“There have been many nights where the noise was so bad, I thought I was going to have to make other sleeping arrangements, or ultimately move.”
Those aren’t the words of someone who lives next to one of the airport runways. Instead, the statement comes from Jill Grill, who lives in a bucolic and leafy subdivision, Lakeside on Redwine Road, in southwest Fayetteville.
Many residents in a few of Fayetteville’s neighborhoods share Grill’s sentiments and the noise that has gone on for more than a year is rumbling from the city’s wastewater plant on First Manassas Mile Road.
“For months, we thought it might be a teenager in a car, because we heard that loud bass,” Grill added.
Tomorrow night, the City Council will look at three options to turn down the decibels and restore peace and tranquilly to the Lakeside on Redwine neighborhood.
In a memo to the council, City Manager Ray Gibson said the city has had a noise engineering consultant perform sound readings at the plant on two different occasions and did discover peak decibel ratings of 96 decibels on Bradford Road when the blowers were operating in the south blower room at the treatment plant. That’s the equivalent of an outboard motor, or power lawnmower, which is causing an uproar on usually serene and bucolic Redwine Road.
Gibson recommends three options to help muffle the sound including;
• Building an 8-foot-high wall specifically designed to absorb sounds with a reduction of 12 to 15 decibels. Additionally, 500 sq. ft. of sound absorbing panels would need to be installed inside of the south blower building with a 3-4 decibel reduction. The estimated cost of the project is $33,680.
• Building a 12-foot-high wall that would cost $48,000 and offer the same amount of noise reduction.
• Adding silencers at the south blower building. The silencers would turn northward and the sound absorbing panels would also be part of the project. The cost of this option is $53,000.
After reviewing the results, Gibson is recommending the city build the 12-foot-high wall because the city anticipates heavier flows coming into the plant for treatment in the near future and the blowers will need to be run for longer periods.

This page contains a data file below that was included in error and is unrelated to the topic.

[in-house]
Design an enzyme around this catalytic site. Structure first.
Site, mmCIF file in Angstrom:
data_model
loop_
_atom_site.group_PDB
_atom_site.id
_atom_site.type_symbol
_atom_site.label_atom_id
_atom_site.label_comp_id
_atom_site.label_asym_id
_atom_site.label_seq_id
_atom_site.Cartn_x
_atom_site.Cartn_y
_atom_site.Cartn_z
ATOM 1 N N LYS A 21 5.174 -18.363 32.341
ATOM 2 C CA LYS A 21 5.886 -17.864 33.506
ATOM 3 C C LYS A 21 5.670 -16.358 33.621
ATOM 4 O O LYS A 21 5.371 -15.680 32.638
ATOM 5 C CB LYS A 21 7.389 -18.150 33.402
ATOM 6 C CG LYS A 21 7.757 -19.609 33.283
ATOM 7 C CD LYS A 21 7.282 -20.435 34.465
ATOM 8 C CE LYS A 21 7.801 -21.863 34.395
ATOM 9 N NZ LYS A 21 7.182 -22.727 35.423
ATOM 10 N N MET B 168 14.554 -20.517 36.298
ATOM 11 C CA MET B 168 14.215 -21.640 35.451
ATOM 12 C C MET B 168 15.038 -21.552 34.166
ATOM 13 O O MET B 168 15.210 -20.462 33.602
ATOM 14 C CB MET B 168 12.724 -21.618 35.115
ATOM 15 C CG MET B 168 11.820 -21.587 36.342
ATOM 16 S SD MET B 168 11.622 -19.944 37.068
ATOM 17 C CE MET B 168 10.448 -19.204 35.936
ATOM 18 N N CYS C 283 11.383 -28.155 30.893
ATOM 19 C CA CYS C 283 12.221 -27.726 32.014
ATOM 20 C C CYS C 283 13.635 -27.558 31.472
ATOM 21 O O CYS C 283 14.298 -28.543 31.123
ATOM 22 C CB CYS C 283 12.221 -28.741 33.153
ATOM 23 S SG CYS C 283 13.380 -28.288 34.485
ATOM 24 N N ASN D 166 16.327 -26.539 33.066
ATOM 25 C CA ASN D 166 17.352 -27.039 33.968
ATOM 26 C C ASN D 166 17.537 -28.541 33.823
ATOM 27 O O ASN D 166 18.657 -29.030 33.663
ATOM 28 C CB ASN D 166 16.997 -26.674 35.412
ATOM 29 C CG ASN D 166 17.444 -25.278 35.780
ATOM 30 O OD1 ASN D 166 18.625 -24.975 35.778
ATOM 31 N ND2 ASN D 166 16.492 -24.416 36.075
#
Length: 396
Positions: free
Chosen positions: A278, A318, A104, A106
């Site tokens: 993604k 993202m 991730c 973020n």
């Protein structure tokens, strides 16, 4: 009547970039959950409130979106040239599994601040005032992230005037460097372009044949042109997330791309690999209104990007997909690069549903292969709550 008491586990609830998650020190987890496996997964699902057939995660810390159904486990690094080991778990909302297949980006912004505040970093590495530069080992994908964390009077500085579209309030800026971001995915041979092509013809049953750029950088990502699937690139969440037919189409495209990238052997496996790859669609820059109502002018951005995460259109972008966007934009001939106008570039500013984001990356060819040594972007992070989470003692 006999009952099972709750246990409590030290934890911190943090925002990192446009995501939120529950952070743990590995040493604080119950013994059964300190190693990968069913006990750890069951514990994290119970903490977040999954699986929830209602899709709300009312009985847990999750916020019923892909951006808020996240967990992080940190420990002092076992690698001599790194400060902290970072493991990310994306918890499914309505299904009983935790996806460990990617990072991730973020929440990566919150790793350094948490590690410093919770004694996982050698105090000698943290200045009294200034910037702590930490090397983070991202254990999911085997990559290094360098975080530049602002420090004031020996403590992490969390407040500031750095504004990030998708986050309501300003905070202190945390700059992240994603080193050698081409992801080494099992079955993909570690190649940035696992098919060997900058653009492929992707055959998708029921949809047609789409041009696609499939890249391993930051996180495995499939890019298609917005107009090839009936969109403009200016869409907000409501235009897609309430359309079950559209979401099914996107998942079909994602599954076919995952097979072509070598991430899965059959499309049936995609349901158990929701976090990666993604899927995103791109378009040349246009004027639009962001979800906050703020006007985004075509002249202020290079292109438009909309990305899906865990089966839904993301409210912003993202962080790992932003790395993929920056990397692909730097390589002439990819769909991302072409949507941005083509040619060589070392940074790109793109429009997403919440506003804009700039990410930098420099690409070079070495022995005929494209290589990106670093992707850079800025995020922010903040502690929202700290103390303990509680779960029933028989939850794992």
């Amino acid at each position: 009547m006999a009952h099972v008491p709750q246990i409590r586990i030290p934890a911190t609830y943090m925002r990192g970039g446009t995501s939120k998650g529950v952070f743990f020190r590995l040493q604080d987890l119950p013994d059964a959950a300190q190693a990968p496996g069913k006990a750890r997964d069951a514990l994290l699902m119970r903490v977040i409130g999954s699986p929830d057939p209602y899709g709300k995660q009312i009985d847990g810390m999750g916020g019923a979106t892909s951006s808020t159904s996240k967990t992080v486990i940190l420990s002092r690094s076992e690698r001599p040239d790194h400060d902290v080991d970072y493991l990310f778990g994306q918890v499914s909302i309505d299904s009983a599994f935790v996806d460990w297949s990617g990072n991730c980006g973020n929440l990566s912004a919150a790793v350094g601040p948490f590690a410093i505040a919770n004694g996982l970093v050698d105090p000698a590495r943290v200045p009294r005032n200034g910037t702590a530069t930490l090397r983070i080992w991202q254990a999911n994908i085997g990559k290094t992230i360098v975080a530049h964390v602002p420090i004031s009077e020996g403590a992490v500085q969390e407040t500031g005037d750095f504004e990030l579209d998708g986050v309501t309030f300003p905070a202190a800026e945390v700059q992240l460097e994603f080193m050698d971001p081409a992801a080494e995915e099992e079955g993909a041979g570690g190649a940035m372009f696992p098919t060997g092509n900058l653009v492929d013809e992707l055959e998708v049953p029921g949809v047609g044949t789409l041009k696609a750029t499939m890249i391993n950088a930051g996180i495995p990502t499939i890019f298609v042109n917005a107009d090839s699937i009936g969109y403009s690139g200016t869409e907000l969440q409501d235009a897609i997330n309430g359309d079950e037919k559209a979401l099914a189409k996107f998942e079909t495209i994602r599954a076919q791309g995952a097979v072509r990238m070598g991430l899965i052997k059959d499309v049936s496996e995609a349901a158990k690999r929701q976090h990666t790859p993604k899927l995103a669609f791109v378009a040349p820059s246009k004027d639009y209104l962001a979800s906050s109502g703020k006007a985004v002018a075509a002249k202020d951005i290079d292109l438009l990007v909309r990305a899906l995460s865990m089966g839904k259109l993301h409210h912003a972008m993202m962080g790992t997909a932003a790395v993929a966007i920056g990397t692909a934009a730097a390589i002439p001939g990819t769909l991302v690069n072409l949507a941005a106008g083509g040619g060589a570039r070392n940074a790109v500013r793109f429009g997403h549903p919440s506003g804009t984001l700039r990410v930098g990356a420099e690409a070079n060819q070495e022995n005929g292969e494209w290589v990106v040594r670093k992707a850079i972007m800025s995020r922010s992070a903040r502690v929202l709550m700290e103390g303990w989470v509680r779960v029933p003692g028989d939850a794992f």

In other action during tomorrow’s meeting, the council will:
• Hear a presentation and get council input on the proposed West Fayetteville Planned Community District. The district is a mixed use area of 1,200 acres in the heart of the county now in the city limits of Fayetteville. The district’s boundaries extend on the north side of Ga. Highway 54 from Tyrone Road on the west to east of Sandy Creek Road to the east. The annexed area also extends north to the intersection of Veterans Parkway and Sandy Creek Road. The district features a variety of zonings and concentrates mixed use development around Piedmont Fayette Hospital and allows up to five-story buildings.
The new zoning district was first brought before the council in early 2014 and utilizes transect zoning, a type of zoning new to Fayetteville. Transect zoning replaces conventional separated-use zoning systems that have encouraged a car-dependent culture and land-consuming sprawl. Transect zones instead provide the basis for real neighborhood structure, which requires walkable streets, mixed use, transportation options and housing diversity. The zones vary by the ratio and level of intensity of their natural, built and social components, according to www.transect.org.
In the report submitted to the council, the rationale for the district is made clear.
“The purpose of this ordinance is to encourage the best possible site planning and arrangement of land uses under a unified plan of development. This ordinance sets forth a framework for pedestrian-scale traditional development that encourages residential and nonresidential activities to be arranged in such a way as to reduce the number and type of vehicle trips, limiting congestion and thereby improving air quality. Development should be arranged to set aside areas for recreation and open space while providing for varied forms of multi-modal movement.”
Mixed use developments residents might be familiar with include Atlantic Station in Atlanta and Seaside on the Florida Gulf Coast. The developments feature a mixture of live, work and play components and are becoming a favorite of the millennial generation, which is a group the county is making a concerted effort to lure back home.
The meeting starts at 7 p.m. Thursday, Jan. 15 at Fayetteville City Hall on Glynn Street.